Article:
Stoneman Douglas junior recounts horrific attack: 'I was just terrified'

Teen says she doesn't see how she can go back to classroom after massacre

By Vic Micolucci - I-TEAM reporter, anchor, Francine Frazier - Senior web producer

PARKLAND, Fla. - Days after she hid in terror as a gunman stalked the halls of Marjory Stoneman Douglas High School, a junior at the school told News4Jax that she can't see herself going back there.

Police said that about 2:20 p.m. Wedneday, Nikolas Cruz walked into Building 12 at the school in Parkland, a small community in Broward County.

Authorities said Cruz, who has been charged with 17 counts of murder in the massacre, pulled out a rifle and opened fire on the first floor. Kristalin Diaz said she was on the second floor of the building when the gunfire erupted.

She hid in the dark in a locked classroom. Her friend was downstairs. The two texted each other frantically.

“She was telling me that people in her class were being shot,” Diaz said. “I was just terrified. I was scared that she was going to be next or that I was going to be next or something.” 

RELATED: Who were the victims of the Parkland school shooting?

After he fired into four classrooms with a .223-caliber AR-15, police said, Cruz climbed the stairwell to the second floor.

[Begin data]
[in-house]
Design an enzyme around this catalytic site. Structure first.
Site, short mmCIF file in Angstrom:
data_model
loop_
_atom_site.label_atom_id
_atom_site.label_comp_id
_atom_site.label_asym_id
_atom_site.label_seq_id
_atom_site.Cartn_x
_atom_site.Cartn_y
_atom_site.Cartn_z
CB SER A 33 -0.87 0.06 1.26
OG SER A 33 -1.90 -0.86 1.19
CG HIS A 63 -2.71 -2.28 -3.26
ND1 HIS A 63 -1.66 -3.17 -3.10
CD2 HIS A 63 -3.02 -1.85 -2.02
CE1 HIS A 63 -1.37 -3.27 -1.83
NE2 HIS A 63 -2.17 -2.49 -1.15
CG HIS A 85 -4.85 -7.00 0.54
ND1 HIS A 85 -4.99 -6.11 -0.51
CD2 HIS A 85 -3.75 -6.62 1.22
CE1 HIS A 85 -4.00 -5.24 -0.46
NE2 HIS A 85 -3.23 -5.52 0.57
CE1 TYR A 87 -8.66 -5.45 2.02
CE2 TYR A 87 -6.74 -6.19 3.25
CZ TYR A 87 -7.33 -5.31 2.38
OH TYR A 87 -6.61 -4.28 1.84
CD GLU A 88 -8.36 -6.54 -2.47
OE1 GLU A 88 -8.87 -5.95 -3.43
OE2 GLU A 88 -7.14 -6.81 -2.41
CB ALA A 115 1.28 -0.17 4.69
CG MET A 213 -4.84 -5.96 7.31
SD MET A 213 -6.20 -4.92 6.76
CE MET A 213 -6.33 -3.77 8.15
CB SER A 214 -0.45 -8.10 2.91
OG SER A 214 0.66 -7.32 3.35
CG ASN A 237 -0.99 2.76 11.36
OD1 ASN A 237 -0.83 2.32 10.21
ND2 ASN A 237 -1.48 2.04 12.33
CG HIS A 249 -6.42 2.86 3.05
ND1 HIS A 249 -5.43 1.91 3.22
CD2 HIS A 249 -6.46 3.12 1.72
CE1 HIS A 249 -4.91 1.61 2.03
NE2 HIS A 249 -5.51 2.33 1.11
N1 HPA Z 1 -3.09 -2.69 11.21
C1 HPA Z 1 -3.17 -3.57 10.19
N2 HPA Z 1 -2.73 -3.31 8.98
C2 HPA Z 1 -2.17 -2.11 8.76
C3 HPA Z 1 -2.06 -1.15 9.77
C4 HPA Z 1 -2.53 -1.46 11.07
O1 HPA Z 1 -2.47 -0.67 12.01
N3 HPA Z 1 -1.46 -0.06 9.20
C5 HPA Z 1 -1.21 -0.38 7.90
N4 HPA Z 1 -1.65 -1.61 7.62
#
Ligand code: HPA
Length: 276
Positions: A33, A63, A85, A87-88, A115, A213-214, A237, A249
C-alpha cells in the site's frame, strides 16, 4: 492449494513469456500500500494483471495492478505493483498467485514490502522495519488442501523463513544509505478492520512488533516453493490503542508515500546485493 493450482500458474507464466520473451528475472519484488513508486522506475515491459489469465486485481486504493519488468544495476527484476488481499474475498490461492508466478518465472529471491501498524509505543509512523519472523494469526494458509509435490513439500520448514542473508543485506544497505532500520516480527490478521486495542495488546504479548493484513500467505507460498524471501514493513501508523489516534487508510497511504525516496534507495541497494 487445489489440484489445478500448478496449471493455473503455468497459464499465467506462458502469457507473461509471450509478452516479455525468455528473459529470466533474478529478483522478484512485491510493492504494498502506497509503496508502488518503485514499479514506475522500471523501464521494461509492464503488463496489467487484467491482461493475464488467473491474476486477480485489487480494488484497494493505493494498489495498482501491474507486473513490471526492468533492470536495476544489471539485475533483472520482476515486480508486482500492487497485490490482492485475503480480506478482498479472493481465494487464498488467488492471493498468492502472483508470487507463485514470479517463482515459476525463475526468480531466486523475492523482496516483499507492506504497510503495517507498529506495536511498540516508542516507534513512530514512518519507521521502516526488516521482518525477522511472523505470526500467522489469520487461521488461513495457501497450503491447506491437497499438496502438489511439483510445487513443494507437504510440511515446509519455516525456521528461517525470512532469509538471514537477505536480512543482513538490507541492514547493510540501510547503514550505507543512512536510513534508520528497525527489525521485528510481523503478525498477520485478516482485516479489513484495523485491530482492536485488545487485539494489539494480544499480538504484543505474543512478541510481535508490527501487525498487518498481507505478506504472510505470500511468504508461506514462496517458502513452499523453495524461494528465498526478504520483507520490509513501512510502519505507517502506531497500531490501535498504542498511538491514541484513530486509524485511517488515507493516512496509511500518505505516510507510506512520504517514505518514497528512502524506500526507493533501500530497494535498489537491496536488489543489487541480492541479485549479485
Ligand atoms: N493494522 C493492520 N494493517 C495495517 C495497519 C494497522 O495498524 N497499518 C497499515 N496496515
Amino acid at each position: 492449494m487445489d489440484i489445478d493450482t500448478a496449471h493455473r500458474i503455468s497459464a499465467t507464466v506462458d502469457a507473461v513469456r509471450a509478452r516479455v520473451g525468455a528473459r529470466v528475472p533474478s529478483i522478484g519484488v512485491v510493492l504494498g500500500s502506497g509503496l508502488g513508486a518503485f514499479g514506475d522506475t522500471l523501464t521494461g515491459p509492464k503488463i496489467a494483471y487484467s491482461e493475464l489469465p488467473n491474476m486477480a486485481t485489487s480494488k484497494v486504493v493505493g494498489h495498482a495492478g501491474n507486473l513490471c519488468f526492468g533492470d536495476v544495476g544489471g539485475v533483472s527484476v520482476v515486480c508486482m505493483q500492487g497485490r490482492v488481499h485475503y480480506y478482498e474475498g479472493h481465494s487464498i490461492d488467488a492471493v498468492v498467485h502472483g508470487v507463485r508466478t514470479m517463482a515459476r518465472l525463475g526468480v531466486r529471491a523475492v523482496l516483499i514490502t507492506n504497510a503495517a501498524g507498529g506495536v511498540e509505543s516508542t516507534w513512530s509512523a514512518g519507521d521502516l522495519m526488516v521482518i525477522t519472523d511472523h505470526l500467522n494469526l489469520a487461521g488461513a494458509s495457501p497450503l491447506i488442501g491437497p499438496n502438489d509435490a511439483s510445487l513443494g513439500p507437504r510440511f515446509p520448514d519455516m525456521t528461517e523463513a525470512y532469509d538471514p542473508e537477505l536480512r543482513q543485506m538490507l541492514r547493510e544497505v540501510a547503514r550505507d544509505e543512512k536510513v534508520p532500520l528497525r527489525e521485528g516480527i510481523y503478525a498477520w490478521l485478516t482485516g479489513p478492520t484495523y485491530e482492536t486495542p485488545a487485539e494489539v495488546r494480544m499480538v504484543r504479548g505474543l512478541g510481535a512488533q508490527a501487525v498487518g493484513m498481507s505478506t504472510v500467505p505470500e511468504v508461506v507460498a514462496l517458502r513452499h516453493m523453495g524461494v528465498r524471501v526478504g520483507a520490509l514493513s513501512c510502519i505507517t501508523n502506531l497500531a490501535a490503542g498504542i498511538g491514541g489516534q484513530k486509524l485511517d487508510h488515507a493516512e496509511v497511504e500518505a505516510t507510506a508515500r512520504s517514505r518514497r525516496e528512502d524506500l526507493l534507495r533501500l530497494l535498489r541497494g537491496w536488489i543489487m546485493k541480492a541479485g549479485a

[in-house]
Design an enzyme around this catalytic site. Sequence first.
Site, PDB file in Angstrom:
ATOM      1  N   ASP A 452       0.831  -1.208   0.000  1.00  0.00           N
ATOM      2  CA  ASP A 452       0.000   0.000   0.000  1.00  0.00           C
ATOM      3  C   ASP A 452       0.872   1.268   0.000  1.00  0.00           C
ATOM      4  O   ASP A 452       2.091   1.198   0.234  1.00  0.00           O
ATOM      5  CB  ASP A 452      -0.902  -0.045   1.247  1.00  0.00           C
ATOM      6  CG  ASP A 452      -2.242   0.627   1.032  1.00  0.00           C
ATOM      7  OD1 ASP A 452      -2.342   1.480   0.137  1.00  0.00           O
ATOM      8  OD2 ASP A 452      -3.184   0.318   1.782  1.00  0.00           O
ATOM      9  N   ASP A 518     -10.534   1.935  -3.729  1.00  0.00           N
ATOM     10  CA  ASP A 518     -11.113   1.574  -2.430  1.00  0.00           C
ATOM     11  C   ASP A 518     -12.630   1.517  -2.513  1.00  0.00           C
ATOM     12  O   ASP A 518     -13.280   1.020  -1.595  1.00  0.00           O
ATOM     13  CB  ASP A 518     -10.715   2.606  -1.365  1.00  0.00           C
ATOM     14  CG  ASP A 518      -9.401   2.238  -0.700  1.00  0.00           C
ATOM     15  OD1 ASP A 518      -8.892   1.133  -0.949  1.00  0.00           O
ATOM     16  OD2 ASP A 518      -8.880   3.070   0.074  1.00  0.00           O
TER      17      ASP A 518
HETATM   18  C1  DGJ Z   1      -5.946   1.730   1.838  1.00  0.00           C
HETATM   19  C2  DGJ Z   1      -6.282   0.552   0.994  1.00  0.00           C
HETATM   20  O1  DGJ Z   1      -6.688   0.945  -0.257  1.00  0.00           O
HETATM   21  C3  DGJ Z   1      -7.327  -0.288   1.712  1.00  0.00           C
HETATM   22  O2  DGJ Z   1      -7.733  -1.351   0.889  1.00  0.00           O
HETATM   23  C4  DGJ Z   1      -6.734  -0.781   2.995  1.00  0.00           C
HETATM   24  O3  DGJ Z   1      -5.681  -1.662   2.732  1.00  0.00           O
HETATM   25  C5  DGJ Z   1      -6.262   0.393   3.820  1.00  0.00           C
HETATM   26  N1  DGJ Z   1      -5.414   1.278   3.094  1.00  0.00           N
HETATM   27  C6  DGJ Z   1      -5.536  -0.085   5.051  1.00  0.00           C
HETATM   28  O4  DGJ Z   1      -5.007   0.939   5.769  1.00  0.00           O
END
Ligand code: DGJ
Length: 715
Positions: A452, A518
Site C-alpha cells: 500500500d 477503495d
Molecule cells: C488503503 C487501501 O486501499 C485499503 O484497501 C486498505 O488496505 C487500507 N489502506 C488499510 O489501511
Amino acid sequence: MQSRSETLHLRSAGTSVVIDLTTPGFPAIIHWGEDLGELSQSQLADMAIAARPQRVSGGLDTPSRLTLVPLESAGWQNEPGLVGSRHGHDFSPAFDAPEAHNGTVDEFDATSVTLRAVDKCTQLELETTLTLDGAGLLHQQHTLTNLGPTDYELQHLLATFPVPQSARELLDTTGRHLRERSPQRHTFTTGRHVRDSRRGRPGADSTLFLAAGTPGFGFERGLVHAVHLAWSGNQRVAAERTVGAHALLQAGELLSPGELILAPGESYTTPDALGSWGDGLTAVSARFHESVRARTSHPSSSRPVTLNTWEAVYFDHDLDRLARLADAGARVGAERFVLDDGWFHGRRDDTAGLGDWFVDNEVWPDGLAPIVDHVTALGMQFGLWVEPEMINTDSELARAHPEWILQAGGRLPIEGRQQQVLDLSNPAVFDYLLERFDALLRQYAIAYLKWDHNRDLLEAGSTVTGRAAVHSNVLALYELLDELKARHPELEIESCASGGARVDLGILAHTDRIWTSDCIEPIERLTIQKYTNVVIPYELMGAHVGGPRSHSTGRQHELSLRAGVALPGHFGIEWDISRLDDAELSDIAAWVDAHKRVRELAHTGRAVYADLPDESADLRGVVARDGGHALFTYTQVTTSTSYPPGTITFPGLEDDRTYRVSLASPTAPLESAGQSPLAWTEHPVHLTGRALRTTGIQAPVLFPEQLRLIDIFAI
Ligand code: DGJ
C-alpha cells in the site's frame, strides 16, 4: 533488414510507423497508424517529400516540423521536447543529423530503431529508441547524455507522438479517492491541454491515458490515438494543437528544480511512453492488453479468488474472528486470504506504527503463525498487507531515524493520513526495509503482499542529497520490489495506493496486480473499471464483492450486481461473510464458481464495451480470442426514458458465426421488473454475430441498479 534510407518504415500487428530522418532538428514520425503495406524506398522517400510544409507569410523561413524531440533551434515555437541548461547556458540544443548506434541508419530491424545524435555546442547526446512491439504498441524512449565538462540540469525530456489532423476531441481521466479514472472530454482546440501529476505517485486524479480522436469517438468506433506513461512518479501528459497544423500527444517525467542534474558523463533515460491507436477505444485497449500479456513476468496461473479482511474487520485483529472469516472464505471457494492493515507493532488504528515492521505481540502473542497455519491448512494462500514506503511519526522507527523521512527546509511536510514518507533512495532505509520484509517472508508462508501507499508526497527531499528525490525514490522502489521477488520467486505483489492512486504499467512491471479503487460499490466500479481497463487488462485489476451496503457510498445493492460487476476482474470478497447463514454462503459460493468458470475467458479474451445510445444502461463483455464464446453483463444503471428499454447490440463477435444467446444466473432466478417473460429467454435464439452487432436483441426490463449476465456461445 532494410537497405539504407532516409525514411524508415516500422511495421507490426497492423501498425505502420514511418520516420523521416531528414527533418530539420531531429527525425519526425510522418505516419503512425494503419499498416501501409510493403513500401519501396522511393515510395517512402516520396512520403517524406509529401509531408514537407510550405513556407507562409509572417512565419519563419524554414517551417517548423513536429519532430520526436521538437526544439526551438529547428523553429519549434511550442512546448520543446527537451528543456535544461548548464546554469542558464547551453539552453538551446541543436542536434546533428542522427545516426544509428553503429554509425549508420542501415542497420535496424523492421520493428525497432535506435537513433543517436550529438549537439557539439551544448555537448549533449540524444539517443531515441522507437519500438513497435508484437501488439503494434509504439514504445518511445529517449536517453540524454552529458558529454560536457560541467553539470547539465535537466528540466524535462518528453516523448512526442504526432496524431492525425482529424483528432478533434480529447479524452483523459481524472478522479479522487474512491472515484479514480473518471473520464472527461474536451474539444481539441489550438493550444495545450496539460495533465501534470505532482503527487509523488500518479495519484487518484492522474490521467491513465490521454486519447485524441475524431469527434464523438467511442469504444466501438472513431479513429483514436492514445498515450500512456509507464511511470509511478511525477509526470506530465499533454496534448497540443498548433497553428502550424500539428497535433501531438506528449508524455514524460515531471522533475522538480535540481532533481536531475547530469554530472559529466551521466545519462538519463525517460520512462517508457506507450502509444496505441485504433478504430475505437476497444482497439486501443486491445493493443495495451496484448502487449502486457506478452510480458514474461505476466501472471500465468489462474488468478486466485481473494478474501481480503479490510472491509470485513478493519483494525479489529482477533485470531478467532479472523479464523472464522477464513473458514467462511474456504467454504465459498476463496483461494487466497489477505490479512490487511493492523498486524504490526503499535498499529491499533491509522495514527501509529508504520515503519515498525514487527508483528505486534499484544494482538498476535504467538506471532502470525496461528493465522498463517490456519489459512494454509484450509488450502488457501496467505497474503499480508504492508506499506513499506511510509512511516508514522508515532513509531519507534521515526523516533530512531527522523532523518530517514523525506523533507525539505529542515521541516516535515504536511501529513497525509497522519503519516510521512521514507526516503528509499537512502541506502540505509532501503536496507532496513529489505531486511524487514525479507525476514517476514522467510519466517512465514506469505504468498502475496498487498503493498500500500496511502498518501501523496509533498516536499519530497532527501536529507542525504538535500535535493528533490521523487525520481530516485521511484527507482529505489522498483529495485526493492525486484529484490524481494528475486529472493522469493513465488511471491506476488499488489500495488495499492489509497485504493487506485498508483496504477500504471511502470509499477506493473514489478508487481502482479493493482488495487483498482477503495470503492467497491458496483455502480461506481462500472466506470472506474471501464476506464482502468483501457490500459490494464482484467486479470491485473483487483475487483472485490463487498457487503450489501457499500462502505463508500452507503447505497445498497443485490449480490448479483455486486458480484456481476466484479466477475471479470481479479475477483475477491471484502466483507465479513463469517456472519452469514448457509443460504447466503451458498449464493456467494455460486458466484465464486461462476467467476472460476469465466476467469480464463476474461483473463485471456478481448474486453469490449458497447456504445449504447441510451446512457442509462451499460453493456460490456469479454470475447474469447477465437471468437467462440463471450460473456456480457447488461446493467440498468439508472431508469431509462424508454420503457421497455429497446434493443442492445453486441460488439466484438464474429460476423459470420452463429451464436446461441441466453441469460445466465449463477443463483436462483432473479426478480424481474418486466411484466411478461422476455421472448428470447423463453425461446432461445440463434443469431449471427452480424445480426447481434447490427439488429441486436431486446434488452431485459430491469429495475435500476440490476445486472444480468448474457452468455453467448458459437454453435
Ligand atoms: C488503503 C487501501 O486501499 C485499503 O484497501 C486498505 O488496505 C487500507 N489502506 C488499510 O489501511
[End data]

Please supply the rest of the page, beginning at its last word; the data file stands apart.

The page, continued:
“I heard him knocking on doors,” Diaz recalled. “I could hear him walking. I heard gunshots. I could hear other students screaming, so I knew he was hitting them.”

Cruz eventually dropped his weapon and escaped the building by mixing in with students fleeing, police said. The sheriff said officers caught Cruz in a nearby neighborhood and arrested him based on witnesses and surveillance video.

Diaz said she'll never forget the horror she felt in that dark classroom, waiting for the rampage to end. And she doesn't think she can sit in a classroom again without reliving it.

“I definitely am going to try to see if I can do online school,” she said, “because I don’t see myself going back there.”

She's not the only one who feels that way. The superintendent of the district told the South Florida Sun Sentinel on Friday that the district hopes to demolish Building 12 and replace it with a new building.

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